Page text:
Your First Oncologist Appointment:

Do not take this first piece of advice too lightly:


I don't care how calm or prepared you are this is going to be an appointment from hell. It will hurt, it will be emotional, it will be long. I would advise just never going to an appointment alone again in general, because you just never know how you are going to feel about stuff afterwards, but this one is definitely not for going alone. I know. I did. Take someone that you aren't afraid to be emotional in front of and let that support system work for you.

Your surgeon should have written instructions and information about this appointment in the notebook I advised you to take to your results appointment. This is good information to keep track of, but just in case, here is what you can probably expect at your first appointment:

1) Forms. Get used to it. There is always another form to fill out. Insurance information is a necessity to take to this appointment.

2) You will meet your doctor and talk briefly about your condition before taking the long family history information. The doctor will probably do this interview. Be prepared with everything that has ever gone wrong in your immediate family or yourself. This includes your wisdom teeth removal, tonsils, history of diabetes, cancer, asthma, etc. It was the most thorough family history I've ever been asked to give.

3) You will have blood taken. Lots of it. Probably 5 or 6 vials. Nothing painful or to be scared of, but it's probably more than you've ever given at once before.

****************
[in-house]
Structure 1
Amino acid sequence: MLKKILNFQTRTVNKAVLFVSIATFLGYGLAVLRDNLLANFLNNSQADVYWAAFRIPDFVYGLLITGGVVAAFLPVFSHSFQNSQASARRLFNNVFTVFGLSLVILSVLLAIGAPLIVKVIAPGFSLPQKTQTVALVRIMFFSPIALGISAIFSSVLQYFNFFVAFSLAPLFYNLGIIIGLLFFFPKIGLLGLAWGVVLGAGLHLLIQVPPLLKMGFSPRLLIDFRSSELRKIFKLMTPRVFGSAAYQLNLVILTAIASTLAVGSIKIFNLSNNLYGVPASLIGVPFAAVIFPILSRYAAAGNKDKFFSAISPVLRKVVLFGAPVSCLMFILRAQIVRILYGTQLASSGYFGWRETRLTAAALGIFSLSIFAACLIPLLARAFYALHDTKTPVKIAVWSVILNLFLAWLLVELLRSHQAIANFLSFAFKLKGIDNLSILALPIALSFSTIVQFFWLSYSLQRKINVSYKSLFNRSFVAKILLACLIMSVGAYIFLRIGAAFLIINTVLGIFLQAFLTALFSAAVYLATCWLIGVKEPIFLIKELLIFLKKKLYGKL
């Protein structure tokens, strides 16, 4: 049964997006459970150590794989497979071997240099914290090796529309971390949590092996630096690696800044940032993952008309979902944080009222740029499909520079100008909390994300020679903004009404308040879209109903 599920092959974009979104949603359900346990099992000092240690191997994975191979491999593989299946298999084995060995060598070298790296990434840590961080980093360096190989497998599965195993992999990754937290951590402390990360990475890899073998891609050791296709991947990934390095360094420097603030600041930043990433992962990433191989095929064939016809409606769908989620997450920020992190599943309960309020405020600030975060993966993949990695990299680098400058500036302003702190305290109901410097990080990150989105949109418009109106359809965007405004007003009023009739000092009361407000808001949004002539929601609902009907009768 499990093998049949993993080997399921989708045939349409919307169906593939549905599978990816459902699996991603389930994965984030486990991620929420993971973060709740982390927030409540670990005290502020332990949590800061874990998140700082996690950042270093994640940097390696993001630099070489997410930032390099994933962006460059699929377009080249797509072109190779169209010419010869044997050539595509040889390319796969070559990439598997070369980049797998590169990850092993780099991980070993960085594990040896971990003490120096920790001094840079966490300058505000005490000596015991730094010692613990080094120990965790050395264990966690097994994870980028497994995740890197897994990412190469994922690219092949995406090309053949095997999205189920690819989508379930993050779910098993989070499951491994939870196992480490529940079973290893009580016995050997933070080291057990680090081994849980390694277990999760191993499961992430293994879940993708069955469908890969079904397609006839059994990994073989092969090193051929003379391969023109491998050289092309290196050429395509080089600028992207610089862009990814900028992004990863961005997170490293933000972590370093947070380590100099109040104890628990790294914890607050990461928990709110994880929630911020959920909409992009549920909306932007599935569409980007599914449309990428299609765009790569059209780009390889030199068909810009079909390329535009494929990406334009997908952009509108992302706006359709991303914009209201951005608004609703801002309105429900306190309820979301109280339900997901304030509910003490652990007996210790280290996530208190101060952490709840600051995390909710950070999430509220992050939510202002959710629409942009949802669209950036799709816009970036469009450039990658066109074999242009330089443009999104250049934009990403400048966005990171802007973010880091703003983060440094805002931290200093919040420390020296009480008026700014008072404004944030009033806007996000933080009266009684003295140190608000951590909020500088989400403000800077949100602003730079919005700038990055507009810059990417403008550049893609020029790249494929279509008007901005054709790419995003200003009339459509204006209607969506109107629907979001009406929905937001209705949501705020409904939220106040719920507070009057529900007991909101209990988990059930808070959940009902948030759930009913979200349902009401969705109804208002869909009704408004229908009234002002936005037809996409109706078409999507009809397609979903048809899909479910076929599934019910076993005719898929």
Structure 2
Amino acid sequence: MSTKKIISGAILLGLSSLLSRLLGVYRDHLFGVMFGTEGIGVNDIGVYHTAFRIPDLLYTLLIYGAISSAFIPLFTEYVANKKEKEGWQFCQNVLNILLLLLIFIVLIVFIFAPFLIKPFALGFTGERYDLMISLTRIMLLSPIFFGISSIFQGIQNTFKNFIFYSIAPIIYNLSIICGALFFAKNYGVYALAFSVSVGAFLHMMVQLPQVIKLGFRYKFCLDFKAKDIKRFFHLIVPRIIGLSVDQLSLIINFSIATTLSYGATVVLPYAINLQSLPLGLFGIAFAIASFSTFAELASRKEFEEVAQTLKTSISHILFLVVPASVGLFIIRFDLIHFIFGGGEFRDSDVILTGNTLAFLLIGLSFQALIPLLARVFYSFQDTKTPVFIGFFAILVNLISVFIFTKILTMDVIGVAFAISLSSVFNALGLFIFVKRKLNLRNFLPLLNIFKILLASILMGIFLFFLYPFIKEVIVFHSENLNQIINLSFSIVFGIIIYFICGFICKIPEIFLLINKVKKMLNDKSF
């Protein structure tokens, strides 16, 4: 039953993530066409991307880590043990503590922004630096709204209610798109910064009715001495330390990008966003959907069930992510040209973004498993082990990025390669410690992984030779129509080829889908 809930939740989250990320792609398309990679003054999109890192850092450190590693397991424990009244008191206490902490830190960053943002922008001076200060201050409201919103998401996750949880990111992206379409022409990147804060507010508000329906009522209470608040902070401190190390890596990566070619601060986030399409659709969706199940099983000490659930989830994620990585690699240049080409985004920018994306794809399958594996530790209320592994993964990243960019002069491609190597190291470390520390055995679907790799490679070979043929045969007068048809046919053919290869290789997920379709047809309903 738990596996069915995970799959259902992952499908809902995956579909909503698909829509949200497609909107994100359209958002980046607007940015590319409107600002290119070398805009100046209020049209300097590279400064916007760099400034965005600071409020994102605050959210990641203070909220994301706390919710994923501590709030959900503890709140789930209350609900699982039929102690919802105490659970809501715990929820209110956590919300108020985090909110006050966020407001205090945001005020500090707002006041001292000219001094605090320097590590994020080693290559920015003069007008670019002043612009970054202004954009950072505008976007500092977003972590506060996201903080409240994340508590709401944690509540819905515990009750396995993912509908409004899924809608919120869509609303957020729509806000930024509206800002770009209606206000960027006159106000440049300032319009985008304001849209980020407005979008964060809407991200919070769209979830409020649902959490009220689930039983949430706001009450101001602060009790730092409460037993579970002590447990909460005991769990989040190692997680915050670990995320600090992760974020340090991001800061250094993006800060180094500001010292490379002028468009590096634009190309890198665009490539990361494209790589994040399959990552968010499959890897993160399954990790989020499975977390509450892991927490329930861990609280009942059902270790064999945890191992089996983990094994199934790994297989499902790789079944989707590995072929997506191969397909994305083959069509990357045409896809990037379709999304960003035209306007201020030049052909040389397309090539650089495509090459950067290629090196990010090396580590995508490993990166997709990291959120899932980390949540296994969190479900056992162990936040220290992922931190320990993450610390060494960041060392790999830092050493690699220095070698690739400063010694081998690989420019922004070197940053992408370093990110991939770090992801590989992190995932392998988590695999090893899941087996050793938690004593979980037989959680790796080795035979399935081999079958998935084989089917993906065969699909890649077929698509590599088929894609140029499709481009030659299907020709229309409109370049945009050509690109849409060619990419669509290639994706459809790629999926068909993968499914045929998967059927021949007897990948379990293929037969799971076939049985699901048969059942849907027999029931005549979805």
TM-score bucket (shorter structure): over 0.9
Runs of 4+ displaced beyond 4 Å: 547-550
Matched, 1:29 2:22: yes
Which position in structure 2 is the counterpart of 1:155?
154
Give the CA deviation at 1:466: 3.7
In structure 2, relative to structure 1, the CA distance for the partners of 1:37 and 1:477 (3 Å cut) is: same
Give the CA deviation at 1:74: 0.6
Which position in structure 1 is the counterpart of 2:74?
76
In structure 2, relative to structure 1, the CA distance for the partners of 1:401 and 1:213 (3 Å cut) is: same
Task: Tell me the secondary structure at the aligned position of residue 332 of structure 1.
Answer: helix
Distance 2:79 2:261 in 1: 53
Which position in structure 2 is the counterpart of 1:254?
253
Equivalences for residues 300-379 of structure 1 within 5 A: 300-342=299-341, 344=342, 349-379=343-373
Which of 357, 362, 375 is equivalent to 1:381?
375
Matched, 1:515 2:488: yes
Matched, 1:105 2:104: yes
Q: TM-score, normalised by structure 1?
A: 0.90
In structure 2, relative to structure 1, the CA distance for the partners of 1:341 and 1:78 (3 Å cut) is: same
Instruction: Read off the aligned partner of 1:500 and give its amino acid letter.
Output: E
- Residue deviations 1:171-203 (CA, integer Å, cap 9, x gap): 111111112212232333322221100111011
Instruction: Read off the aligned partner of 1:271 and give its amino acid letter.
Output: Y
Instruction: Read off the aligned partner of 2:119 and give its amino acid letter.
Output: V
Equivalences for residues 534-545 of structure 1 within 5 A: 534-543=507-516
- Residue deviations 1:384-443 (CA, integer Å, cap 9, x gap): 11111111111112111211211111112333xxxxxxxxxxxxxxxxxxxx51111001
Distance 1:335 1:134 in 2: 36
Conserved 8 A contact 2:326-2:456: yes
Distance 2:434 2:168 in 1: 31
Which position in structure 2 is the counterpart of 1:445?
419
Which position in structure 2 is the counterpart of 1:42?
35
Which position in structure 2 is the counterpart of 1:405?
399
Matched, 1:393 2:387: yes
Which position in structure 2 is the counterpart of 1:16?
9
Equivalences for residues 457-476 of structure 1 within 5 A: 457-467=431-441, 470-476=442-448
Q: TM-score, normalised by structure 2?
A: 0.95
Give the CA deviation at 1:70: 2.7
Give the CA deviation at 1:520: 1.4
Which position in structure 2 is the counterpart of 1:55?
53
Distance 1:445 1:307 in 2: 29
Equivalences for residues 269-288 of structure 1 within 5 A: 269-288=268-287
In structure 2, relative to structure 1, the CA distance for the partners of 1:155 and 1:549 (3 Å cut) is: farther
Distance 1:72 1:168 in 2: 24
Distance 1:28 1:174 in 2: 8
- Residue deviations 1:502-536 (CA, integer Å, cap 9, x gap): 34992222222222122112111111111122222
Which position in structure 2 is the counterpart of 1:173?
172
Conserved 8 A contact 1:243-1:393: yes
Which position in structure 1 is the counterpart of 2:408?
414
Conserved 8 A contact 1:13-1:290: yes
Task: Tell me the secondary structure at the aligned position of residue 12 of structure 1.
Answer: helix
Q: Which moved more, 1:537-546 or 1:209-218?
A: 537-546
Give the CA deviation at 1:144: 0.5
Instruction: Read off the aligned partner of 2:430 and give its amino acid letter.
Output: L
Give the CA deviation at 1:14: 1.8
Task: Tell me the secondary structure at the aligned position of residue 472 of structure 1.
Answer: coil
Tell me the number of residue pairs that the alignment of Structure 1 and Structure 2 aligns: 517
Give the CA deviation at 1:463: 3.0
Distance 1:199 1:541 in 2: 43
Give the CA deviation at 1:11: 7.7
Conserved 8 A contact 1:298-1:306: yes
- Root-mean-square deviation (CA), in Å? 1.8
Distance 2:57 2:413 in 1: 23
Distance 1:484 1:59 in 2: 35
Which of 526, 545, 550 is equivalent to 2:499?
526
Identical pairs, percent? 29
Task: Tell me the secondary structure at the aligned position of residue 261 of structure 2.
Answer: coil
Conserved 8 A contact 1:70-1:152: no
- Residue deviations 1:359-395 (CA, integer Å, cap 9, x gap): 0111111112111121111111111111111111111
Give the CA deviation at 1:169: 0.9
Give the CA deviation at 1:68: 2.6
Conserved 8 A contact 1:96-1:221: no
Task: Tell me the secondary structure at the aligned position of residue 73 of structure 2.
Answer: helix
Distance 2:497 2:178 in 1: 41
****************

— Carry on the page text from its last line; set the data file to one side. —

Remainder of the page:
4) You will undress completely and be given a very extensive exam. This will include humiliating and embarrassing things like female pelvic and breast exams, rectal exams, etc. It will include general eyes, ears, nose throat, it will include breathing. They'll check all your lymph nodes and your spleen. They will also do an EKG or similar test to track your heart for future comparisons. This is painless, and actually somewhat interesting.

5) This is the painful part. They will take bone marrow. It was the most excruciating thing I've ever done in my life. There is no way I can describe it to do the test justice. They took from both hips. Then I drove 90 minutes. This is a reason all by itself to take someone with you to the appointment. You will survive this. Once the pain hits it goes away very quickly, but you need to mentally prepare yourself for this test.

6) You'll get dressed and talk to your doctor one more time. You may discuss treatment or staging options. Staging can include surgeries, scans, this exam, etc. Everyone is a little different in how they are staged. I had a gallium scan. It was painless but it took time out of 5 straight days to do. Your doctor will also give you some pamphlets to read about your disease and treatment. Take them. They have great info.

7) Ask those questions. Remember, no question is ever a dumb question.

8) Go home and celebrate your first appointment being over. Have dinner with friends or family and eat whatever your like. You deserve it.

Copyright 1996, 1997. Last updated March 23, 1996.

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